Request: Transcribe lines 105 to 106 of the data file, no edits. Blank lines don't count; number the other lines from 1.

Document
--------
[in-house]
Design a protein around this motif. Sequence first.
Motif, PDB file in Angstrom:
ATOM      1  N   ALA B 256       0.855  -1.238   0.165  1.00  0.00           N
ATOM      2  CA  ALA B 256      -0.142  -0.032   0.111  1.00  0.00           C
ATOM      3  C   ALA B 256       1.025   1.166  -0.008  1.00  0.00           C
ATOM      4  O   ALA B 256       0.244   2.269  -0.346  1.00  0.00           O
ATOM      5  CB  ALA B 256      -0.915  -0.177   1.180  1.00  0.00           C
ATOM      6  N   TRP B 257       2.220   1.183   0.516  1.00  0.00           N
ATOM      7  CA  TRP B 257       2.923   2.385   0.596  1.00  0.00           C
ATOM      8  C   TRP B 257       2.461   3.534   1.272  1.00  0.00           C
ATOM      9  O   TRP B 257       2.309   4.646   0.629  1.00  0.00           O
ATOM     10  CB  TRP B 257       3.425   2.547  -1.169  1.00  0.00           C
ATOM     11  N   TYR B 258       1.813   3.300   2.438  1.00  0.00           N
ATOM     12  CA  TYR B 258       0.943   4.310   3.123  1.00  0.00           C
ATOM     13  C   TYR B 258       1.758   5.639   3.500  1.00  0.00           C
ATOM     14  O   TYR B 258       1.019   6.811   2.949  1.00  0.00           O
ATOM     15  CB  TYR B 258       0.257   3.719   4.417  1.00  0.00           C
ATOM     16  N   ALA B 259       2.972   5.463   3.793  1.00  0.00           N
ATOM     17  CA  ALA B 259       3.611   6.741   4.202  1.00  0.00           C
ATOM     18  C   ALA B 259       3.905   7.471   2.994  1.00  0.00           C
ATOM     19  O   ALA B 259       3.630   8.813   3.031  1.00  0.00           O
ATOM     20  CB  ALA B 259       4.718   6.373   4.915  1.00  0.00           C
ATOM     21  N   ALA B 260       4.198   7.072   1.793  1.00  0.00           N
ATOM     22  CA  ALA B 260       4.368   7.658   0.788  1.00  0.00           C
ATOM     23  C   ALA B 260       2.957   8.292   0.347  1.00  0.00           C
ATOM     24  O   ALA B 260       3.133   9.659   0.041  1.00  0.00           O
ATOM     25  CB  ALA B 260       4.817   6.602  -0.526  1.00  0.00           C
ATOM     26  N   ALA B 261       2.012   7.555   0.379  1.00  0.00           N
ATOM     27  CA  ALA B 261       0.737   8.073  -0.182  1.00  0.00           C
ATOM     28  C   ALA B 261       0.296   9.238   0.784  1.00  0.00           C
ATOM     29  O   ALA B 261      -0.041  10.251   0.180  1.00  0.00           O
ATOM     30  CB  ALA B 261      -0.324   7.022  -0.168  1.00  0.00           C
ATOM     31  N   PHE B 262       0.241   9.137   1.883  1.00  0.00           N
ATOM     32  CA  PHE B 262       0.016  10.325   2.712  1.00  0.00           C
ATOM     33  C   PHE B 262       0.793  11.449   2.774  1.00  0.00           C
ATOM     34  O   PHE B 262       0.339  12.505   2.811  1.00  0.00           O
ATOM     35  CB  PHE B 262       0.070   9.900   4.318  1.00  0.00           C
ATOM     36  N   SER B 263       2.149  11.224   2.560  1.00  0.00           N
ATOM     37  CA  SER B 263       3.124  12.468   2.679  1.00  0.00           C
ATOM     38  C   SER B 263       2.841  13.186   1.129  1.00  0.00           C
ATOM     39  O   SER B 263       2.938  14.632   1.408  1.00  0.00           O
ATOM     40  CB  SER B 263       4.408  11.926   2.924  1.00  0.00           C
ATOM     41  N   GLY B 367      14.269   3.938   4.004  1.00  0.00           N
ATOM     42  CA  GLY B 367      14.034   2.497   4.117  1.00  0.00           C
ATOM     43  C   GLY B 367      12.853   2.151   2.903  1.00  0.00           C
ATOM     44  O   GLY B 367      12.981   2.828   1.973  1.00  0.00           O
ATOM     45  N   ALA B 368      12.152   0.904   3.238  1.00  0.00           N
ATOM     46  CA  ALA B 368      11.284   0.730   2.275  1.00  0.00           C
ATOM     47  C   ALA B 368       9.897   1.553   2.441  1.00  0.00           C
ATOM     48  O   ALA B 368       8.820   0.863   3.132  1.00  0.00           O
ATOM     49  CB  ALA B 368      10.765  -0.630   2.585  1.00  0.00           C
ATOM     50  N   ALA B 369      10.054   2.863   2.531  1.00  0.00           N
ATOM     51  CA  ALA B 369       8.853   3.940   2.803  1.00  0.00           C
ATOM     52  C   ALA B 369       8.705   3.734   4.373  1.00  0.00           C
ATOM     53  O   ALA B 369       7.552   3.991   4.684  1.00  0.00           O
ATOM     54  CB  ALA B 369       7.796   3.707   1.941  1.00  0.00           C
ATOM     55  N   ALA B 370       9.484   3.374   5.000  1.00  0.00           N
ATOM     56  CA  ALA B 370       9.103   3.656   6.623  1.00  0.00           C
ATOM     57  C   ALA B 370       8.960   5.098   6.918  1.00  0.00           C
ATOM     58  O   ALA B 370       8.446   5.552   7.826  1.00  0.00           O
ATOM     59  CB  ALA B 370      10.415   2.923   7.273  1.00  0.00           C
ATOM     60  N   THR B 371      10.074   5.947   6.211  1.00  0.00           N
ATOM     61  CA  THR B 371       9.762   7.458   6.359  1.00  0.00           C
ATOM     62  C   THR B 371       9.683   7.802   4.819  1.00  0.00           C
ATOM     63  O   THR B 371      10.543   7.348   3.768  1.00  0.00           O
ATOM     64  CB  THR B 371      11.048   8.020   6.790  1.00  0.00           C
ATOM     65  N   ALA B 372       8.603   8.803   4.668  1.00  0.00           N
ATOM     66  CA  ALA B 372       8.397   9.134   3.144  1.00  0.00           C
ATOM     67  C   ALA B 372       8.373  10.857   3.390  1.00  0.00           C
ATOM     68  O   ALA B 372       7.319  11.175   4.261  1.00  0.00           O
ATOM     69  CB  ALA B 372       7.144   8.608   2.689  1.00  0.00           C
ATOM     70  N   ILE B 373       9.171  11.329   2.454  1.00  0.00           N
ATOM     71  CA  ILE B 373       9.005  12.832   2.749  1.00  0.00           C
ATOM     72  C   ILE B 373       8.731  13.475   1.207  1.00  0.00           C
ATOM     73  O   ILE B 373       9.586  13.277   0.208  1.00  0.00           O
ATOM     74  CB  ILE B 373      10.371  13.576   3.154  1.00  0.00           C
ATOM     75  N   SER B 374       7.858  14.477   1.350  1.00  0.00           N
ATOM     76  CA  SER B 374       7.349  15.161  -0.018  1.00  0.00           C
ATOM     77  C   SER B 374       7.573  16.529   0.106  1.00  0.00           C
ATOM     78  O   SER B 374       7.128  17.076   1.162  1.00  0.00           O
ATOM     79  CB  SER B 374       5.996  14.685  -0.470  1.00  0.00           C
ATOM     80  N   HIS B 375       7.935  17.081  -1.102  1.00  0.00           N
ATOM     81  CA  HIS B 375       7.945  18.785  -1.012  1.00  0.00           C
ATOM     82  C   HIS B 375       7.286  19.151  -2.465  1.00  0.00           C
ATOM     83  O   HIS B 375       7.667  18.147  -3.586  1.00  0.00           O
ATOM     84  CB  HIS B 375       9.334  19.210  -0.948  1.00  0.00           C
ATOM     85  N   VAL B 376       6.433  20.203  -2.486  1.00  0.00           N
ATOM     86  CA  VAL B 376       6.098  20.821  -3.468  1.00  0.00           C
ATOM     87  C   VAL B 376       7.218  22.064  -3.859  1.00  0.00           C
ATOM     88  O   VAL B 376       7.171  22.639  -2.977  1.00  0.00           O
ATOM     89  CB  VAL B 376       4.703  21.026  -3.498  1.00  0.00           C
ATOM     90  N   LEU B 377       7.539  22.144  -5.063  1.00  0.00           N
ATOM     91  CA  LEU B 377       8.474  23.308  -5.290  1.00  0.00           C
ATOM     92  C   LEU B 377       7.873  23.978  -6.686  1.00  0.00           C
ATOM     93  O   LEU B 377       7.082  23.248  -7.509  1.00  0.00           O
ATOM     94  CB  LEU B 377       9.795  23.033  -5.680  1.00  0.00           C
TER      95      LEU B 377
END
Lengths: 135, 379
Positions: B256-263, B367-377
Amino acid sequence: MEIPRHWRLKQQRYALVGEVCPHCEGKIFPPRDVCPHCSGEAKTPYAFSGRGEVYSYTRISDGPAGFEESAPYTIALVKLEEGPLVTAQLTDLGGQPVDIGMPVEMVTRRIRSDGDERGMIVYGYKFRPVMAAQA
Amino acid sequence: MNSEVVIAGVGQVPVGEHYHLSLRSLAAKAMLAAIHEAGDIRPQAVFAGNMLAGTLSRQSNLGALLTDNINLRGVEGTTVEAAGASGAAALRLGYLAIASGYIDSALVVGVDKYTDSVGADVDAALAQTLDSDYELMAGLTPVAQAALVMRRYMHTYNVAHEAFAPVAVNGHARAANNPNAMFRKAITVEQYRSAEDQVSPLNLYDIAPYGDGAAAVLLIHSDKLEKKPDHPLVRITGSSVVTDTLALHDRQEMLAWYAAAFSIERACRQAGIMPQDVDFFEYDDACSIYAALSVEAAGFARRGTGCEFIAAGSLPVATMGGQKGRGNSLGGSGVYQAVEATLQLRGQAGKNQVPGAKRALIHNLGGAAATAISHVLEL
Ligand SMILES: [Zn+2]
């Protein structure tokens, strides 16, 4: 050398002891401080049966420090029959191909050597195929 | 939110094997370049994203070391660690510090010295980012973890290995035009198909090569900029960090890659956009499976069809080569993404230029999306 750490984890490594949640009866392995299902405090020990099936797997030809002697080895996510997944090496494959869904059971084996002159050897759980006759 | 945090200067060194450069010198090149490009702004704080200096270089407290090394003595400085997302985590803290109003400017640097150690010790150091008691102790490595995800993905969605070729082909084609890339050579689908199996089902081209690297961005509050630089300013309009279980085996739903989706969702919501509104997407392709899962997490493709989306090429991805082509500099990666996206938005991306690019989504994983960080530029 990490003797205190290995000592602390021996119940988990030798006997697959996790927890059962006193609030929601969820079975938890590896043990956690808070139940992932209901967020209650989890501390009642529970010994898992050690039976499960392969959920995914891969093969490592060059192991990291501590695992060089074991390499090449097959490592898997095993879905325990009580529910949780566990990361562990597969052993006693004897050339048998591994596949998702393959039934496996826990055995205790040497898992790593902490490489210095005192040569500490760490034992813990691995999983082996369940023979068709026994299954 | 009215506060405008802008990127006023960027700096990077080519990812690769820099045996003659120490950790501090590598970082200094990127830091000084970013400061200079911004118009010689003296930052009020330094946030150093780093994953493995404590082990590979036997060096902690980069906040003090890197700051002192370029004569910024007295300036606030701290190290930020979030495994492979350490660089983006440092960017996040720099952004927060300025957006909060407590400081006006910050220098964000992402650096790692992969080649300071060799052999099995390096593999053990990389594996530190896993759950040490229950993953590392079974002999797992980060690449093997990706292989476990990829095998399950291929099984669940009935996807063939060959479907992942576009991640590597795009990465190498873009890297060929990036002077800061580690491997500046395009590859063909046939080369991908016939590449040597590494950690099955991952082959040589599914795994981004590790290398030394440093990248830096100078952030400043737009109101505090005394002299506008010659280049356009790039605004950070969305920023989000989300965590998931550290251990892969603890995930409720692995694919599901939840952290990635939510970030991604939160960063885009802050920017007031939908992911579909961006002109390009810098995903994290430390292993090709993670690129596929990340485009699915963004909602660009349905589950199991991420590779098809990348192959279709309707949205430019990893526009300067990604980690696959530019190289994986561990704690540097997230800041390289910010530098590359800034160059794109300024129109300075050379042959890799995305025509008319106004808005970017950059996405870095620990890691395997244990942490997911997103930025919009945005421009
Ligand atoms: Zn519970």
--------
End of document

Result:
């Protein structure tokens, strides 16, 4: 050398002891401080049966420090029959191909050597195929 | 939110094997370049994203070391660690510090010295980012973890290995035009198909090569900029960090890659956009499976069809080569993404230029999306 750490984890490594949640009866392995299902405090020990099936797997030809002697080895996510997944090496494959869904059971084996002159050897759980006759 | 945090200067060194450069010198090149490009702004704080200096270089407290090394003595400085997302985590803290109003400017640097150690010790150091008691102790490595995800993905969605070729082909084609890339050579689908199996089902081209690297961005509050630089300013309009279980085996739903989706969702919501509104997407392709899962997490493709989306090429991805082509500099990666996206938005991306690019989504994983960080530029 990490003797205190290995000592602390021996119940988990030798006997697959996790927890059962006193609030929601969820079975938890590896043990956690808070139940992932209901967020209650989890501390009642529970010994898992050690039976499960392969959920995914891969093969490592060059192991990291501590695992060089074991390499090449097959490592898997095993879905325990009580529910949780566990990361562990597969052993006693004897050339048998591994596949998702393959039934496996826990055995205790040497898992790593902490490489210095005192040569500490760490034992813990691995999983082996369940023979068709026994299954 | 009215506060405008802008990127006023960027700096990077080519990812690769820099045996003659120490950790501090590598970082200094990127830091000084970013400061200079911004118009010689003296930052009020330094946030150093780093994953493995404590082990590979036997060096902690980069906040003090890197700051002192370029004569910024007295300036606030701290190290930020979030495994492979350490660089983006440092960017996040720099952004927060300025957006909060407590400081006006910050220098964000992402650096790692992969080649300071060799052999099995390096593999053990990389594996530190896993759950040490229950993953590392079974002999797992980060690449093997990706292989476990990829095998399950291929099984669940009935996807063939060959479907992942576009991640590597795009990465190498873009890297060929990036002077800061580690491997500046395009590859063909046939080369991908016939590449040597590494950690099955991952082959040589599914795994981004590790290398030394440093990248830096100078952030400043737009109101505090005394002299506008010659280049356009790039605004950070969305920023989000989300965590998931550290251990892969603890995930409720692995694919599901939840952290990635939510970030991604939160960063885009802050920017007031939908992911579909961006002109390009810098995903994290430390292993090709993670690129596929990340485009699915963004909602660009349905589950199991991420590779098809990348192959279709309707949205430019990893526009300067990604980690696959530019190289994986561990704690540097997230800041390289910010530098590359800034160059794109300024129109300075050379042959890799995305025509008319106004808005970017950059996405870095620990890691395997244990942490997911997103930025919009945005421009
Ligand atoms: Zn519970």